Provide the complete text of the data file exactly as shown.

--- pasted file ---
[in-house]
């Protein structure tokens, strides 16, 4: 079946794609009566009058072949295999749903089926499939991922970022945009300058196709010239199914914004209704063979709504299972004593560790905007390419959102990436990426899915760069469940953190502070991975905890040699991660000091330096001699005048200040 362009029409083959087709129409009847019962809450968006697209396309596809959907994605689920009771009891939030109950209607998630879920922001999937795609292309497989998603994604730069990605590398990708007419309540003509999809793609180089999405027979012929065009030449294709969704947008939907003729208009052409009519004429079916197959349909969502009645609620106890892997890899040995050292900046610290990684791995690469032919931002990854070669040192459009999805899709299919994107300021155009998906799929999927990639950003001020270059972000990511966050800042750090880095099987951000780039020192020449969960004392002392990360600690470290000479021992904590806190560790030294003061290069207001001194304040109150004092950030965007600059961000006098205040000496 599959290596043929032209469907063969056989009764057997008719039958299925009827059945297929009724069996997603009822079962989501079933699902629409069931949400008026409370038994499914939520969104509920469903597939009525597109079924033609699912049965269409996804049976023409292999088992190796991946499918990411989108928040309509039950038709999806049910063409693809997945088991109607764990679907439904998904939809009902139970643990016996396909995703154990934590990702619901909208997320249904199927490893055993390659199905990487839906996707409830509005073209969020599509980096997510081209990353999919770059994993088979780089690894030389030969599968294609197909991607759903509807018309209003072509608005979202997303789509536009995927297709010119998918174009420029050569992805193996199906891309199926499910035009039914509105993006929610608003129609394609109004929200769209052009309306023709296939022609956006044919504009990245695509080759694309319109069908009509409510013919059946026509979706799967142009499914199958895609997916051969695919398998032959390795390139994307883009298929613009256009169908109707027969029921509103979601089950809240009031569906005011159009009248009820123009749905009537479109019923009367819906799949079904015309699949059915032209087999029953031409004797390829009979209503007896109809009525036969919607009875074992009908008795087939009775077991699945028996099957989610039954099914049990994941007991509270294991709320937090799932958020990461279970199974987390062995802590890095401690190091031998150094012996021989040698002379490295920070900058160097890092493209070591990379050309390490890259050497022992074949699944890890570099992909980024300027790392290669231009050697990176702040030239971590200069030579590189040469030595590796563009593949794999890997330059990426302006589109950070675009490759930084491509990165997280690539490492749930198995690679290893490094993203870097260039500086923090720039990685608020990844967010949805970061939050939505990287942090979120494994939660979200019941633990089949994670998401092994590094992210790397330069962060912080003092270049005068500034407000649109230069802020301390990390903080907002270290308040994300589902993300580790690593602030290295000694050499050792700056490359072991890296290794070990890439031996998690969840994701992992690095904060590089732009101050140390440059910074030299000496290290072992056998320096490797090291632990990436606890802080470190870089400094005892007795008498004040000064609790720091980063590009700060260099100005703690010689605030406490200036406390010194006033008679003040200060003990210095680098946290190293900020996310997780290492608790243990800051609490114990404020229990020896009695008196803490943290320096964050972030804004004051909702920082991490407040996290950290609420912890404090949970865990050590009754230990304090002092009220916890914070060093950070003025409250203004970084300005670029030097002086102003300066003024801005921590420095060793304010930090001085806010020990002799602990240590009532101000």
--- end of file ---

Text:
[in-house]
């Protein structure tokens, strides 16, 4: 079946794609009566009058072949295999749903089926499939991922970022945009300058196709010239199914914004209704063979709504299972004593560790905007390419959102990436990426899915760069469940953190502070991975905890040699991660000091330096001699005048200040 362009029409083959087709129409009847019962809450968006697209396309596809959907994605689920009771009891939030109950209607998630879920922001999937795609292309497989998603994604730069990605590398990708007419309540003509999809793609180089999405027979012929065009030449294709969704947008939907003729208009052409009519004429079916197959349909969502009645609620106890892997890899040995050292900046610290990684791995690469032919931002990854070669040192459009999805899709299919994107300021155009998906799929999927990639950003001020270059972000990511966050800042750090880095099987951000780039020192020449969960004392002392990360600690470290000479021992904590806190560790030294003061290069207001001194304040109150004092950030965007600059961000006098205040000496 599959290596043929032209469907063969056989009764057997008719039958299925009827059945297929009724069996997603009822079962989501079933699902629409069931949400008026409370038994499914939520969104509920469903597939009525597109079924033609699912049965269409996804049976023409292999088992190796991946499918990411989108928040309509039950038709999806049910063409693809997945088991109607764990679907439904998904939809009902139970643990016996396909995703154990934590990702619901909208997320249904199927490893055993390659199905990487839906996707409830509005073209969020599509980096997510081209990353999919770059994993088979780089690894030389030969599968294609197909991607759903509807018309209003072509608005979202997303789509536009995927297709010119998918174009420029050569992805193996199906891309199926499910035009039914509105993006929610608003129609394609109004929200769209052009309306023709296939022609956006044919504009990245695509080759694309319109069908009509409510013919059946026509979706799967142009499914199958895609997916051969695919398998032959390795390139994307883009298929613009256009169908109707027969029921509103979601089950809240009031569906005011159009009248009820123009749905009537479109019923009367819906799949079904015309699949059915032209087999029953031409004797390829009979209503007896109809009525036969919607009875074992009908008795087939009775077991699945028996099957989610039954099914049990994941007991509270294991709320937090799932958020990461279970199974987390062995802590890095401690190091031998150094012996021989040698002379490295920070900058160097890092493209070591990379050309390490890259050497022992074949699944890890570099992909980024300027790392290669231009050697990176702040030239971590200069030579590189040469030595590796563009593949794999890997330059990426302006589109950070675009490759930084491509990165997280690539490492749930198995690679290893490094993203870097260039500086923090720039990685608020990844967010949805970061939050939505990287942090979120494994939660979200019941633990089949994670998401092994590094992210790397330069962060912080003092270049005068500034407000649109230069802020301390990390903080907002270290308040994300589902993300580790690593602030290295000694050499050792700056490359072991890296290794070990890439031996998690969840994701992992690095904060590089732009101050140390440059910074030299000496290290072992056998320096490797090291632990990436606890802080470190870089400094005892007795008498004040000064609790720091980063590009700060260099100005703690010689605030406490200036406390010194006033008679003040200060003990210095680098946290190293900020996310997780290492608790243990800051609490114990404020229990020896009695008196803490943290320096964050972030804004004051909702920082991490407040996290950290609420912890404090949970865990050590009754230990304090002092009220916890914070060093950070003025409250203004970084300005670029030097002086102003300066003024801005921590420095060793304010930090001085806010020990002799602990240590009532101000």